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Offshore wind power proposals put forward by ministers

17 October 2023

An offshore wind farm, with the potential to provide significant environmental and economic benefits for Jersey will be built in the southwest of the Island’s territorial waters, under proposals announced today (Tuesday 17 October 2023) by the Council of Ministers.

The plans for a facility of up to around 1,000MW would comfortably produce enough electricity to meet the Island’s own needs, with the remainder to be exported. 

Ministers will hold a public consultation and have lodged a Proposition asking States Members to give their ‘in principle’ support for the project. 

It is proposed that the wind farm should be privately funded and designed, and delivered by a consortium with substantial experience of similar development elsewhere. 

The Minister for the Environment, Deputy Jonathan Renouf said: “This is not a new idea, but we believe now is the time for Jersey to make its move and formally begin a process which could ultimately lead to the development of a wind farm in Jersey waters. The demand for clean energy is huge and offshore wind is now a mature, proven and price competitive form of electricity generation. It all adds up to a once in a generation opportunity for the Island. 

 “There are many potential environmental and economic benefits. Access to locally generated renewable energy can provide greater price stability for Islanders at a time when energy markets are volatile. It would also allow us to lock in for the long-term access to low-carbon energy, with income streams to fund Jersey’s transition to net zero emissions and other public services.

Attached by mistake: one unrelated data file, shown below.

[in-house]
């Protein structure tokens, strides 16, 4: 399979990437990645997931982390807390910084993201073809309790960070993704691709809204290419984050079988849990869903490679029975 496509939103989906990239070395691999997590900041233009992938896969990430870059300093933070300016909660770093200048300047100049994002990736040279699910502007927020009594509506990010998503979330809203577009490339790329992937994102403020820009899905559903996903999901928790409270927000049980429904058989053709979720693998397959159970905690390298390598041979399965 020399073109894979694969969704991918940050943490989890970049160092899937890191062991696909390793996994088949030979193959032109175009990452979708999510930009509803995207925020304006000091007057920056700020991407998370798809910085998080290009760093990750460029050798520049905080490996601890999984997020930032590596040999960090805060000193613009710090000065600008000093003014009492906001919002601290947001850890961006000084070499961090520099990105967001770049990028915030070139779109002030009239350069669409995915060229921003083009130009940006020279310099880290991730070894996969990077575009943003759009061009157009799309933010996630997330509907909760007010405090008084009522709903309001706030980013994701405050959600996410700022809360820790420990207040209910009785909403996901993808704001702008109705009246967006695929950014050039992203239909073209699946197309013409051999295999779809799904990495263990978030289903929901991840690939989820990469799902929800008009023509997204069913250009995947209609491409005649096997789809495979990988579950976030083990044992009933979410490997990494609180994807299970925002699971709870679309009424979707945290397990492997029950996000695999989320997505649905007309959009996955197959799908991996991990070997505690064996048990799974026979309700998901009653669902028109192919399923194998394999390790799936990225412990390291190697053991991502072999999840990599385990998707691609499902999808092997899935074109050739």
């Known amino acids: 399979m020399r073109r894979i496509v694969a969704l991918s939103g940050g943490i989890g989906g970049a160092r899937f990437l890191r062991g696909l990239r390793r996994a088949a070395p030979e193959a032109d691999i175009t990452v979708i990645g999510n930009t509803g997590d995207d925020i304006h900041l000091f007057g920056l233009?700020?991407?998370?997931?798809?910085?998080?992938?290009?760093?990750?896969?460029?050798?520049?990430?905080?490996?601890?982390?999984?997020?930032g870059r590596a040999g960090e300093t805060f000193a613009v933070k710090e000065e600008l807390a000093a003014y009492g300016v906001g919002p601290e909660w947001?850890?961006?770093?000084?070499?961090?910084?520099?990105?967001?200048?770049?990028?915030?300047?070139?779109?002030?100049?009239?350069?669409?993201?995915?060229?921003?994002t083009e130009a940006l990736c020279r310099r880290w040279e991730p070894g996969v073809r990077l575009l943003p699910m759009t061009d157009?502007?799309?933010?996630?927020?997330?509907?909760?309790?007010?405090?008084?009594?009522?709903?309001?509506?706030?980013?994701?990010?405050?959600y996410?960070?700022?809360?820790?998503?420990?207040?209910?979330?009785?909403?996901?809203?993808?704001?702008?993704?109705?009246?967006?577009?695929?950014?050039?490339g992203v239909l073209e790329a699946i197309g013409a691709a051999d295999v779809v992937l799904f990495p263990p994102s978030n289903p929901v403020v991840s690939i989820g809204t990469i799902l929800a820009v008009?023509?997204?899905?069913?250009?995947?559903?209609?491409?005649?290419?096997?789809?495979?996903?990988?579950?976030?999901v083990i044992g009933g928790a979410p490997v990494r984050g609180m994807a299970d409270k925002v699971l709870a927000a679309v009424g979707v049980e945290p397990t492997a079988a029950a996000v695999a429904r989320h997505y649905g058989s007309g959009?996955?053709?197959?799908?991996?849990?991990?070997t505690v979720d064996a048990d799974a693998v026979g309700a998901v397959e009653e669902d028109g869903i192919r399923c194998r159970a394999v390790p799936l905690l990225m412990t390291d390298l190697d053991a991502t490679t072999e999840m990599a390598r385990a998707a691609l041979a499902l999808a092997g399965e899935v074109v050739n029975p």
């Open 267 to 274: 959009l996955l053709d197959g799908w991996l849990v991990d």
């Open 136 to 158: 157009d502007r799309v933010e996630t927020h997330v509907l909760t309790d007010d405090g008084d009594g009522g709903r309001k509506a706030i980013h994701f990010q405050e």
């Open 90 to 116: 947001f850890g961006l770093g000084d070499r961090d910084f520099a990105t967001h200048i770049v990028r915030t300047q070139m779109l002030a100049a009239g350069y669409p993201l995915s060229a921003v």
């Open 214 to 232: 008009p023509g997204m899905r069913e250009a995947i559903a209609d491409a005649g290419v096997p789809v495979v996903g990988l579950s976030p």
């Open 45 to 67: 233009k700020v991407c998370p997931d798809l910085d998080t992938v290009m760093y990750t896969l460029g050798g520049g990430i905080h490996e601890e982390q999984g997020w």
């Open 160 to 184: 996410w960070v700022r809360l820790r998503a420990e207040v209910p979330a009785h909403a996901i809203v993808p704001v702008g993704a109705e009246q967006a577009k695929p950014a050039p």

“Generating capacity at the levels we’re proposing is around six times Jersey’s current electricity demand, and around twice our requirement if all the energy needs of our current economy – including transport and home heating – were powered entirely by electricity. This means we can create new export opportunities as well.” 

Ministers are proposing a three-phase approach: 

  1. In principle consideration: This includes public engagement, industry engagement, and the States debate on the Proposition 

  2. Leasing the seabed: This includes a competitive tender process and confirmation that a successful bidder has a legal right to develop the site 

  3. Consenting: This includes the development consortium consulting with Islanders, assessing environmental impact and submitting a formal application for approval Islanders have previously shown strong support for renewable energy. 

In a 2019 Island Plan consultation, 85% of respondents agreed or strongly agreed the Plan should continue to encourage the development of offshore wind and tidal energy. 

The major public engagement process will begin next month and run for 14 weeks, including public meetings, the opportunity to view visual ‘mock ups’, and a formal consultation survey. 

Deputy Renouf added: “We have announced our intentions at an early stage to ensure Islanders have an opportunity, from the start, to have their say ahead of the States debate next spring. 

“If States Members are supportive, we expect to bring forward, in 2024, the necessary legislation. Then in 2025 we can identify the right developer. I’m incredibly excited to be launching this project on behalf of the Council of Ministers. This as an opportunity for Jersey to make clean energy a central part of its economic future.”

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